profoundbusiness
Reality is in the details and even if you can predict what’s going to happen you can’t imagine how you’ll feel.

I Love Dick by Chris Kraus (via bloomcity)

this is Ruth’s ILD quote of choice, mine is the tagline of my original blog. What’s yours? 

(via emilygould)

"I think the sheer fact of talking, being, paradoxical, inexplicable, flip, self-destructive but above all else public is the most revolutionary thing in the world."

(via profoundbusiness)

Excellent one. I talked to a (younger) person recently who told me she doesn’t think it’s the most revolutionary thing in the world anymore! I still think it is. 

emilybooks
I got to the scene at the couple’s house when it first becomes clear that they’re using the narrator to reenact their daughter’s rape and murder and it’s just so excruciating to be in her head. I couldn’t handle it. I put it down because I felt like it was a book I couldn’t be alone with. I felt like if I read it, it would be almost like I’d had those experiences, like those memories would be mine now.
A chat with Mark Doten of Soho Press about reading Notice by Heather Lewis and the evolution of Emily Books. Thanks, Mark!  (via emilybooks)
lazybookreviews

The Lazy Self-Indulgent Book Reviewer’s New Year’s Resolutions

lazybookreviews:

1.  When I wake up in the middle of the night and have to go to the bathroom, I’m going to get up right away, instead of thinking the need will eventually pass, and then lying there for four hours unable to sleep.

That is all.

Note that this has been my resolution for the last two years.  Because biting my nails is here to stay.

FOUND IT! (ok actually Nicole found it) 

Lazy self-indulgent review of an experience

I woke up at 5 and couldn’t fall back asleep and I started thinking about Nicole Cliffe.

Last night I went to Nicole’s talk with Rebecca Mead about Rebecca’s new book. It was one of two times I’ve seen Nicole in the flesh in my life, but I feel like I’ve known her intimately for years, due to the miracle of blogs, specifically the miracle that was Nicole’s first Tumblr, Lazy Self-Indulgent Book Reviews, and then later the miracles that are the Hairpin and The Toast.  Through her writing, I’ve become aware of Nicole’s feelings about many different types of literature, but I’ve also learned as much about Nicole’s life — her husband, her horses, her daughter, her dog (RIP) — as I know about … well, I don’t know that much about that many other people!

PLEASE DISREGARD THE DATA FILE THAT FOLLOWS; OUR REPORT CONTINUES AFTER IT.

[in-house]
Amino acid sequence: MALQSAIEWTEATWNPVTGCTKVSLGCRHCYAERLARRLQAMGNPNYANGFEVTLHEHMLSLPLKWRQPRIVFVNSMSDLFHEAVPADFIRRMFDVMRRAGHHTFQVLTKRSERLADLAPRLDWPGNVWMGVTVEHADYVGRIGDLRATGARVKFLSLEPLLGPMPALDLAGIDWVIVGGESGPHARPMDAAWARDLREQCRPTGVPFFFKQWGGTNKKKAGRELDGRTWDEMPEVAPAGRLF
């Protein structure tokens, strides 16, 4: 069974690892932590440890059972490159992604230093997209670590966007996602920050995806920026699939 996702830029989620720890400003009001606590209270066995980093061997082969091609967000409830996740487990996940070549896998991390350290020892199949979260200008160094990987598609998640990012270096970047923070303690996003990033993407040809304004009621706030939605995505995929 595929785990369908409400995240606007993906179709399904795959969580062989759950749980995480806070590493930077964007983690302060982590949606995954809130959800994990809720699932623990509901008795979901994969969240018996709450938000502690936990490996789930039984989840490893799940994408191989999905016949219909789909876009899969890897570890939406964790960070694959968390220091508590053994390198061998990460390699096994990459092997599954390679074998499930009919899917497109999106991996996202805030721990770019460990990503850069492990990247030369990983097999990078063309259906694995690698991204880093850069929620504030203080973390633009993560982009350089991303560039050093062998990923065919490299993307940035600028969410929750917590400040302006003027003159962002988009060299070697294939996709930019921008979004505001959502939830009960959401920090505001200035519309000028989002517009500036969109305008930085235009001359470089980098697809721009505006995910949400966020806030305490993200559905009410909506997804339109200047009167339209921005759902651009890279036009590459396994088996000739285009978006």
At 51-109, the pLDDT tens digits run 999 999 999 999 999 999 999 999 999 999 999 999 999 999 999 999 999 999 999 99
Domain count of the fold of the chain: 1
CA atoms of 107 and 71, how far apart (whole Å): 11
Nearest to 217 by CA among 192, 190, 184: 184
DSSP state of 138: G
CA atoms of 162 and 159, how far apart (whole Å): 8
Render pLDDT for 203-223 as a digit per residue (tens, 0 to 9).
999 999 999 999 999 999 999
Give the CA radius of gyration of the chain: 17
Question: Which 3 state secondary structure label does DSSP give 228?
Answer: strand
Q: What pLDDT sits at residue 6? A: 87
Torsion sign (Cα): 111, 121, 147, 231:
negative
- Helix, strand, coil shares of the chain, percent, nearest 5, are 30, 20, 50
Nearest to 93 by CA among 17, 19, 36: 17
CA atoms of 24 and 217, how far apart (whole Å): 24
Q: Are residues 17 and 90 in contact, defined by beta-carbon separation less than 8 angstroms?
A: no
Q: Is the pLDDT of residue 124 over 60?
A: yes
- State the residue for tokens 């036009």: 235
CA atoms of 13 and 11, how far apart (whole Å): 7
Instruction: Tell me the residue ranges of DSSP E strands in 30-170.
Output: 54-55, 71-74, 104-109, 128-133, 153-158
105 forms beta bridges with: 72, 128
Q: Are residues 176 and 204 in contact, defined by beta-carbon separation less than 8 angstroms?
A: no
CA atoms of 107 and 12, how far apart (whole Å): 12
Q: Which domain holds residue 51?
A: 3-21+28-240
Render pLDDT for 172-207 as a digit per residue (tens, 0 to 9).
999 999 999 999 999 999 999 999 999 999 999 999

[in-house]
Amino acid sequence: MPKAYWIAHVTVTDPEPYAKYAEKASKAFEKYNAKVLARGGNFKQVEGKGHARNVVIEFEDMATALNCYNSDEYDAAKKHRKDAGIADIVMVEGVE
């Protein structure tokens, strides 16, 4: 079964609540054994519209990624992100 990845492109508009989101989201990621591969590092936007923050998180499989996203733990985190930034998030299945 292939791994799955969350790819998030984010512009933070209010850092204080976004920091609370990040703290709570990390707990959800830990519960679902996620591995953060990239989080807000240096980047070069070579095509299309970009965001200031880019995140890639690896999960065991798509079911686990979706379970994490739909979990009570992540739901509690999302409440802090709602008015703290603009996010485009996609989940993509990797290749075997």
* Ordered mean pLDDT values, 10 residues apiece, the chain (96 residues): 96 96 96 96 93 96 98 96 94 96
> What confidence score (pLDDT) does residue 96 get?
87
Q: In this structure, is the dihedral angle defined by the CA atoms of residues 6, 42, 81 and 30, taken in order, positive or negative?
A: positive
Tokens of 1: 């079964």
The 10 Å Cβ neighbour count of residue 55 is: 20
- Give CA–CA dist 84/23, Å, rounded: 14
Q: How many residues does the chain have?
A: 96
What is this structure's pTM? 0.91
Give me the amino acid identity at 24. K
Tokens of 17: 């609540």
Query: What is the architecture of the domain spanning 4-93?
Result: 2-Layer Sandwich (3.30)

I think part of it is Nicole’s generosity — this sounds sarcastic, but it’s earnest — with the insights she gleans from everyday life, and how seamlessly she incorporates that kind of knowledge with her “book learning,” the knowledge she’s gleaned from reading TEN HUNDRED KABILLION BOOKS, all of which she remembers in great detail, because she is a fucking genius.  She’s also a great writer, and her sentences stick in your head. I always remember her opinion, even when I totally disagree with her (which I do, about books, kind of a lot!)  I can’t tell you how often a Nicole-ism has flitted through my head completely unbidden. This makes her sound like the Fergie of literature, but it’s a good thing. Anyway, I knew she was a great writer, but what I didn’t know until last night was how well she commands a room, with utter confidence and articulate grace, and how great she is at asking an author questions about her work. It’s hard to strike a balance between putting the person at ease, “fangirling all over them” (this was something Nicole accused herself of last night), and eliciting interesting and genuine responses that might add to a reader’s appreciation for a book. I have been to a LOT of “in conversation with” events in my life and this one was different.  It had a different energy. It was a breath of fresh (Utah-y?) air.